Why don't we have baby memories
From the most exciting moment of life – from the day of birth - to the nursery, most people do not remember anything from the first years of their lives. Even after the very first memory, others remain rare, intermittent, until some point in childhood. Why is this happening?
This "hole" in the records of our lives has frustrated parents and baffled psychologists, neuroscientists, and linguists for decades. It was one of the passions of the father of psychotherapy, Sigmund Freud, who coined the term "infantile amnesia" more than 100 years ago.
Part of the puzzle is that children absorb information like a sponge, forming about 700 new neural connections per second and demonstrating language learning skills that would be the envy of the best polyglot. Recent research suggests that they begin to train their brains while still in the womb.
But even adults lose information that they don't try to access. So one explanation for infant amnesia is the result of a natural process of forgetting that occurs throughout life.
Our culture can also influence how we talk about memories, and some psychologists believe that memories only come when we master speech. "Language helps to create structure, organization of memory, presentation. When you create a story, the experience becomes organized and easier to remember over time, " says Fivash. But some psychologists are skeptical that it makes any difference. For example, in children who are deaf from birth and grow up without sign language, the age of the first memories does not differ from others.
On this basis, we can assume that we can not remember the first years of life, because the brain simply did not have time to develop the necessary equipment for this. The explanation of the phenomenon appeared thanks to the most famous person in the history of neuroscience, who is simply called HM. After a botched operation to cure his epilepsy, during which his hippocampus was damaged, HM was unable to form memories for any new events. "This is the center of our learning and memory capabilities. If it wasn't for the hippocampus, I wouldn't be able to remember this conversation," says Jeffrey Fagen, who studies memory and learning at St. John's University. John.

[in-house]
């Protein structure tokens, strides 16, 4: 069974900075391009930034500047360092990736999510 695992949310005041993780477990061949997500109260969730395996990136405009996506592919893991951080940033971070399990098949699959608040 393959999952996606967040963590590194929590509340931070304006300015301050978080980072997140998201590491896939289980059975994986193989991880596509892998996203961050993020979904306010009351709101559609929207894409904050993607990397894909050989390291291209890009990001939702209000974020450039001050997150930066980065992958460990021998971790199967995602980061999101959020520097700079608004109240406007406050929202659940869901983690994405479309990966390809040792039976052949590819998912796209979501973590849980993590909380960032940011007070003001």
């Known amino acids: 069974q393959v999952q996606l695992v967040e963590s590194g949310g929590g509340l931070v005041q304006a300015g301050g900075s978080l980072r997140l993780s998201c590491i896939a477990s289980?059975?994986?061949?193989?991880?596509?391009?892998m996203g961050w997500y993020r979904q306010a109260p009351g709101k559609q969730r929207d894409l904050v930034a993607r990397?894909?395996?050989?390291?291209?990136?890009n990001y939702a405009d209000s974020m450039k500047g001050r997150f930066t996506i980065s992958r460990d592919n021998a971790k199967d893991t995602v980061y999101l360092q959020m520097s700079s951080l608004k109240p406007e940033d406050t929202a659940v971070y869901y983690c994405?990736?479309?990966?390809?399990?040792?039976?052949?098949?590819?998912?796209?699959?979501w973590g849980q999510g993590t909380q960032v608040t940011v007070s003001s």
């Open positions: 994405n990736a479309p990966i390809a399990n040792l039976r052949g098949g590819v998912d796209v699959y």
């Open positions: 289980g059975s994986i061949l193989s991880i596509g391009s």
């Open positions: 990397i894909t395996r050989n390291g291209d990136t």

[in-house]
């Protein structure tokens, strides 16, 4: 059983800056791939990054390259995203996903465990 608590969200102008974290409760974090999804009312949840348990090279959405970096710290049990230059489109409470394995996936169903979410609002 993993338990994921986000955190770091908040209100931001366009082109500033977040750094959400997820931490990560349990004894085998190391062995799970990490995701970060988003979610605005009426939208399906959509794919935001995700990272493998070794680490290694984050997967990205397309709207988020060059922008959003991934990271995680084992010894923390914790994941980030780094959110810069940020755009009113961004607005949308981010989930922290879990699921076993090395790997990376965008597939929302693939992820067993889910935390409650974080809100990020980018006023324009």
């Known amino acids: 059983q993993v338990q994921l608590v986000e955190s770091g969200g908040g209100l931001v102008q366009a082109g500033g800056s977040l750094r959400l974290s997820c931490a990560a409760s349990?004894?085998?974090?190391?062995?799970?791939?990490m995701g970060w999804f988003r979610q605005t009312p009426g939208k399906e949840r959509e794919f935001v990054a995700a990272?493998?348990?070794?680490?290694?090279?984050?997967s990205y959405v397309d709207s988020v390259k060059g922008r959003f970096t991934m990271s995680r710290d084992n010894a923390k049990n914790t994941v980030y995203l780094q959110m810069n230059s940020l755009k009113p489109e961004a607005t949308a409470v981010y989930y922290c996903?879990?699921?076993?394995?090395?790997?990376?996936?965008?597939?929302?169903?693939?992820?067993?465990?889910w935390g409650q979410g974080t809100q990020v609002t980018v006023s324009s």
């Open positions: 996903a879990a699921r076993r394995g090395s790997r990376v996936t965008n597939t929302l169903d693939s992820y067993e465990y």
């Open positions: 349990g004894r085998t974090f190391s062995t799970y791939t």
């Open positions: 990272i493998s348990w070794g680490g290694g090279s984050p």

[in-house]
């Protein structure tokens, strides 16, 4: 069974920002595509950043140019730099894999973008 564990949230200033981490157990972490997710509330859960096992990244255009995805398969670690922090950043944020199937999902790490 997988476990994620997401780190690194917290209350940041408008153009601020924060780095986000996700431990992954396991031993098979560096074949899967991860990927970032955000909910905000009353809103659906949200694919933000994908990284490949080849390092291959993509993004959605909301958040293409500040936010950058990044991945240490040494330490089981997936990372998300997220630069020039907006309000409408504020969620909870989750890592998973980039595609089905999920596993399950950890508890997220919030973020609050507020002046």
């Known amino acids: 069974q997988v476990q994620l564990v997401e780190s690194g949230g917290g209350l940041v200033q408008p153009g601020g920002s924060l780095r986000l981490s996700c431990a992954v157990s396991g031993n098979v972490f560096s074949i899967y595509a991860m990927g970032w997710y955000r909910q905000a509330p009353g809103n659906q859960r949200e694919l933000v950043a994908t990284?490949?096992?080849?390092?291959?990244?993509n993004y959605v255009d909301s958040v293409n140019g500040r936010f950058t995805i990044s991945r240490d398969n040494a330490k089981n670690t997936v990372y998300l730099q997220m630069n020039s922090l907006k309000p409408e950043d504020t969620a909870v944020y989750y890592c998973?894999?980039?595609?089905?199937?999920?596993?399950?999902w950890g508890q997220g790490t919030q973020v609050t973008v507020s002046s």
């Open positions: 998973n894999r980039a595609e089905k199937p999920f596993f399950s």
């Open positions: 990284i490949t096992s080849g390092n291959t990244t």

Perhaps, at a very early age, the hippocampus is not sufficiently developed to build a complete memory of the event. Baby rats, monkeys, and humans continue to add new neurons to the hippocampus for the first few years of life, and we all fail to create lasting memories in infancy. And, apparently, as soon as we finish forming new neurons, we suddenly acquire this ability. "In infants and young children, the hippocampus is underdeveloped," says Fagen.
But are our memories lost due to an underdeveloped hippocampus, or are they not formed at all? Since childhood events can affect our behavior long after we forget them, some psychologists believe that they should be stored somewhere. "Memories may be stored in an inaccessible place, but it is very difficult to demonstrate this empirically," Fagen suggests.
Even if your memories are based on real events, in hindsight they are most likely reshaped and altered through memories embedded later in conversations. The time you decided to turn your sister into a zebra with a marker? That's what you saw on the video. The third birthday cake that your mom made? Your older brother told you about it.
Perhaps the biggest mystery is not why we can't remember our childhood,but whether we can even believe our memories.
The material was selected by Nikolai Merzlyakov.